As the wafer is placed into different tools during manufacture, each of the tools can produce different types of particles that drop onto the wafer and cause defects that have the potential to decrease the yield. In order to develop high yield semiconductor processes and to improve existing ones, it is important to identify the sources of the various particles that cause defects and then to prevent the tools from dropping these particles onto the wafer while the wafers are in the tools.

In order to be able to quickly resolve process or equipment issues in the manufacture of semiconductor products, a great deal of time, effort and money is being expended by semiconductor manufacturers to capture and classify silicon based defects. Once a defect is caught and properly described and classified, only then can work begin to resolve the cause of the defect and to eliminate the cause of the defect.

The methods of classifying a defect include making and storing an image of certain defects for evaluation. Because the evaluation of defects images is time intensive, it is necessary to store images for later evaluation. In addition, because storage of defect images is memory intensive, it is not practical to store image data for all defects. The defect image data is stored in an image storage system and classification data is stored in a defect management system. In order for a reviewer to review and evaluate defects, it is necessary for the reviewer to search both the defect management system and the defect image storage system to determine if there is image data corresponding to the classification data.

Therefore, what is needed is a method of storing image data and classification data in such a way that an evaluator can determine immediately if there is image data corresponding to the classification data for a particular defect.

SUMMARY OF THE INVENTION

The present invention overcomes the above problems of prior art defect evaluation methodologies through a method of storing classification data in defect management system and image data in a an image storage system. Identification data is sent to both the defect management system and the image storage system. The image storage system sends a cookie to the defect management system that allows the defect management system to identify those defects that have a captured image.

In accordance with an aspect of the invention, the identification data sent to the defect management system and the image storage system includes a production lot number, a wafer number, a layer number and a defect number.

In accordance with another aspect of the invention, an operator controlled review station can immediately display the defect classification data and image data for those defects that are identified a shaving corresponding image data.

The described method provides an improved method of evaluating defect data by allowing a reviewer to review and evaluate the classification data and image data for defects that are identified as having corresponding images. The classification data and image data is reviewed at an operator controlled review station that displays defect data and identifies those defects that have corresponding images thus allowing the reviewer to select those defects that have corresponding images.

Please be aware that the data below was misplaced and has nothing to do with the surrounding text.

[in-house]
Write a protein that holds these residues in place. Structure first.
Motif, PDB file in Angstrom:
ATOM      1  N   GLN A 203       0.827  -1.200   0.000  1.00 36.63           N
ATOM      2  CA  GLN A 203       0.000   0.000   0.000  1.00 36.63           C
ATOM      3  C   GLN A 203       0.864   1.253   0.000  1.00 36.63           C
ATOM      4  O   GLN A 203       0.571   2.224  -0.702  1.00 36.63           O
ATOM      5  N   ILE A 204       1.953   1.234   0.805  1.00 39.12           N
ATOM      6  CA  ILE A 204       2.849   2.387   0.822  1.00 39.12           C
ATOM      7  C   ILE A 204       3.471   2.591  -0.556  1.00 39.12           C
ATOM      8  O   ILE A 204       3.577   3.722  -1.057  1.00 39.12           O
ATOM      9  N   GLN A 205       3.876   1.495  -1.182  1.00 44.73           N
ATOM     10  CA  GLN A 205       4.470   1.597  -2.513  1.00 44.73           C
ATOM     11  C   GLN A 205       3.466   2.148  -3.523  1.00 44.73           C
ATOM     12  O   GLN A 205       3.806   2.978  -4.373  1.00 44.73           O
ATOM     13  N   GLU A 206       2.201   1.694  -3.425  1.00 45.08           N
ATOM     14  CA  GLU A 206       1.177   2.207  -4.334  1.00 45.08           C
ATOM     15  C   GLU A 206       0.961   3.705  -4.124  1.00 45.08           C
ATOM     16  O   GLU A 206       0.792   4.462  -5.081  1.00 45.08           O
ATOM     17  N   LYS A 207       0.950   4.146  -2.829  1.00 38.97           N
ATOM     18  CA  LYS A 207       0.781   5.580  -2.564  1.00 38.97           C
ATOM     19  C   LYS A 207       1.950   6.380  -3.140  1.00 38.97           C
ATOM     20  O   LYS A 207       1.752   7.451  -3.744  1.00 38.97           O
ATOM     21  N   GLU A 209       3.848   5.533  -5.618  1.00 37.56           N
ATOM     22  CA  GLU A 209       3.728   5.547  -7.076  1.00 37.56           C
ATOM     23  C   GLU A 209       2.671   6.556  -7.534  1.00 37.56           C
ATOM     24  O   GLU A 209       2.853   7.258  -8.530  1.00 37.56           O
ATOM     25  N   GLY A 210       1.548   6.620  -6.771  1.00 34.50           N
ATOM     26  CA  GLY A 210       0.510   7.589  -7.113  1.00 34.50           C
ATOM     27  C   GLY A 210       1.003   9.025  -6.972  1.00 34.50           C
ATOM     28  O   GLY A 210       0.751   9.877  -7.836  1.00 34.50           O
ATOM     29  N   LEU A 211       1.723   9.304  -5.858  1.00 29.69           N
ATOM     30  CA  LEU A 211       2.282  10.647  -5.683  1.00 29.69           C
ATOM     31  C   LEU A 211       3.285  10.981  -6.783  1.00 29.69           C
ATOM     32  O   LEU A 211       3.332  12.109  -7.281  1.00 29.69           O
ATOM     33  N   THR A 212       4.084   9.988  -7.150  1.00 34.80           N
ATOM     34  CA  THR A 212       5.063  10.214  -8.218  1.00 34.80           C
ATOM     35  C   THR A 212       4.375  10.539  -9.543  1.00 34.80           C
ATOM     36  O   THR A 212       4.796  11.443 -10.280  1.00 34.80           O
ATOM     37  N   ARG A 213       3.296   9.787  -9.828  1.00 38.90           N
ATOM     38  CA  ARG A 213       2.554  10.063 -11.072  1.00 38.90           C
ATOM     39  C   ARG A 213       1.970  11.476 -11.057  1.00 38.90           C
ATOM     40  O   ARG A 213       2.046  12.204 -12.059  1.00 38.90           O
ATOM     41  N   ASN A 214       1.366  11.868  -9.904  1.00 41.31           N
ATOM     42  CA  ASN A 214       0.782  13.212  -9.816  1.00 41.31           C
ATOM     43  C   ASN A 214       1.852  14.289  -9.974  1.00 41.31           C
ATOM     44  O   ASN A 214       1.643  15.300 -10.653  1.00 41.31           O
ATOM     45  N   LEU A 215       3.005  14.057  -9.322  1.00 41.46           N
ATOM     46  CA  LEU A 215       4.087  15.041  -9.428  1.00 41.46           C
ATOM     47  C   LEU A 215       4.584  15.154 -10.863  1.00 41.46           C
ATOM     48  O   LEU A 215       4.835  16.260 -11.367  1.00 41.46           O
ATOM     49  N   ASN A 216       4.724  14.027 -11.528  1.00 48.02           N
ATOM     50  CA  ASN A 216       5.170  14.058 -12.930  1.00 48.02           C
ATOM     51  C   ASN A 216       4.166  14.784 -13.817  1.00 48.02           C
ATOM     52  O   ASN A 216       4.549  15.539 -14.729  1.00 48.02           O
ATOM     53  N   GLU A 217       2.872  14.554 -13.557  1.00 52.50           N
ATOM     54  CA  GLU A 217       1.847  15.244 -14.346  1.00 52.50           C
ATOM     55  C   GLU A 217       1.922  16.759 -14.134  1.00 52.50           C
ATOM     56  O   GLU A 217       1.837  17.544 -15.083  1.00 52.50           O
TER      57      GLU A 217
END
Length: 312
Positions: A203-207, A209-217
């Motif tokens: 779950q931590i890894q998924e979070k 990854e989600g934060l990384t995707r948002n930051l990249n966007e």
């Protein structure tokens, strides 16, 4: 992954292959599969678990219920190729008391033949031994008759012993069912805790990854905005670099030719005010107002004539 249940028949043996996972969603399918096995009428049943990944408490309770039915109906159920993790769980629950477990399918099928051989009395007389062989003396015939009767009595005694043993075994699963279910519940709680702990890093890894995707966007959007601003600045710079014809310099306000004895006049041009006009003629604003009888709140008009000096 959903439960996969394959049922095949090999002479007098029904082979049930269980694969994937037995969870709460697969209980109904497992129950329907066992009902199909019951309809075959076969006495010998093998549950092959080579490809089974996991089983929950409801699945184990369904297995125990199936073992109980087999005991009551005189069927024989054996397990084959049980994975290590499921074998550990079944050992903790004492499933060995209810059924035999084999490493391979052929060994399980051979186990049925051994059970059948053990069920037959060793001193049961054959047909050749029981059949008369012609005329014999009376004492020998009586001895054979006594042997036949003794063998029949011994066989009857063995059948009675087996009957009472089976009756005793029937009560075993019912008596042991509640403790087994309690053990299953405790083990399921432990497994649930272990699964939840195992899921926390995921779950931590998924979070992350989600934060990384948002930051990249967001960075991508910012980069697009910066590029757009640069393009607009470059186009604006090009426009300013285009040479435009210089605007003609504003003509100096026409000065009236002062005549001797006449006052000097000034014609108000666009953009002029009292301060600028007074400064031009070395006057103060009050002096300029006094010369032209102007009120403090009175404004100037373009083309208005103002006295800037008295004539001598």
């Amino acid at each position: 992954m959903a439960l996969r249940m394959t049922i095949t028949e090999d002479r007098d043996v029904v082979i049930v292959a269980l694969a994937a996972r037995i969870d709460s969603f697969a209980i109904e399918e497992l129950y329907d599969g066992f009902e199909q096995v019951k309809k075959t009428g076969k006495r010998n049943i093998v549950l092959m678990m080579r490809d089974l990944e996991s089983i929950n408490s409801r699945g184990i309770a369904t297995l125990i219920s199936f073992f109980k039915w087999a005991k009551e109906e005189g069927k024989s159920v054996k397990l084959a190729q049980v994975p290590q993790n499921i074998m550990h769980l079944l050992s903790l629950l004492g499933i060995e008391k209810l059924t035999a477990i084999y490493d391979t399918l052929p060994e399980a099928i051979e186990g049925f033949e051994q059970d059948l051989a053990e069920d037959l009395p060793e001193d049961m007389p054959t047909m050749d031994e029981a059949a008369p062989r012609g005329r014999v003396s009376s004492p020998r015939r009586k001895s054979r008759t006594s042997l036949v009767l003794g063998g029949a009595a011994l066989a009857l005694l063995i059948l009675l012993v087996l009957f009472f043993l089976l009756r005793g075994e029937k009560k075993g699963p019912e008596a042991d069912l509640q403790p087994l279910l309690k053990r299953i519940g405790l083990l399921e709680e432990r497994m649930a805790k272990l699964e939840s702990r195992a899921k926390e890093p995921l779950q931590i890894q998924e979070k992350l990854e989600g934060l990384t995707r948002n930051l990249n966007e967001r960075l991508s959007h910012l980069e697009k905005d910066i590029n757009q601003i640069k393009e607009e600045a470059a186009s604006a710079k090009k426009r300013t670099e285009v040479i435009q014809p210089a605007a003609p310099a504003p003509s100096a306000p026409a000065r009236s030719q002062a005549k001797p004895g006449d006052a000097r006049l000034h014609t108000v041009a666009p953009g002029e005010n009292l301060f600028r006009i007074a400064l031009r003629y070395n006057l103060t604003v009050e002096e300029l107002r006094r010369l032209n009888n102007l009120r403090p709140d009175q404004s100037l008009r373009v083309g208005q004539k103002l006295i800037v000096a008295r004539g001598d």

The present invention is better understood upon consideration of the detailed description below, in conjunction with the accompanying drawings. As will become readily apparent to those skilled in the art from the following description, there is shown and described an embodiment of this invention simply by way of illustration of the best mode to carry out the invention. As will be realized, the invention is capable of other embodiments and its several details are capable of modifications in various obvious aspects, all without departing from the scope of the invention. Accordingly, the drawings and detailed description will be regarded as illustrative in nature and not as restrictive.

BRIEF DESCRIPTION OF THE DRAWINGS

The novel features believed characteristic of the invention are set forth in the appended claims. The invention itself, however, as well as a preferred mode of use, and further objects and advantages thereof, will best be understood by reference to the following detailed description of an illustrative embodiments when read in conjunction with the accompanying drawings, wherein:

FIG. 1A is a flow diagram of a typical prior art process for collecting and storing classification and image data for defects detected during the manufacturing of semiconductor integrated devices;

FIG. 1B illustrates the methodology of reviewing the classification and image data collected and stored as described in the flow diagram in FIG. 1A;

FIG. 2A is a flow diagram of a process in accordance with the present invention for collecting and storing classification and image data for defects detected during the manufacturing of semiconductor integrated devices; and

FIG. 2B illustrates the methodology of reviewing the classification and image data collected and stored in the process in the flow diagram in FIG. 2A.

DETAILED DESCRIPTION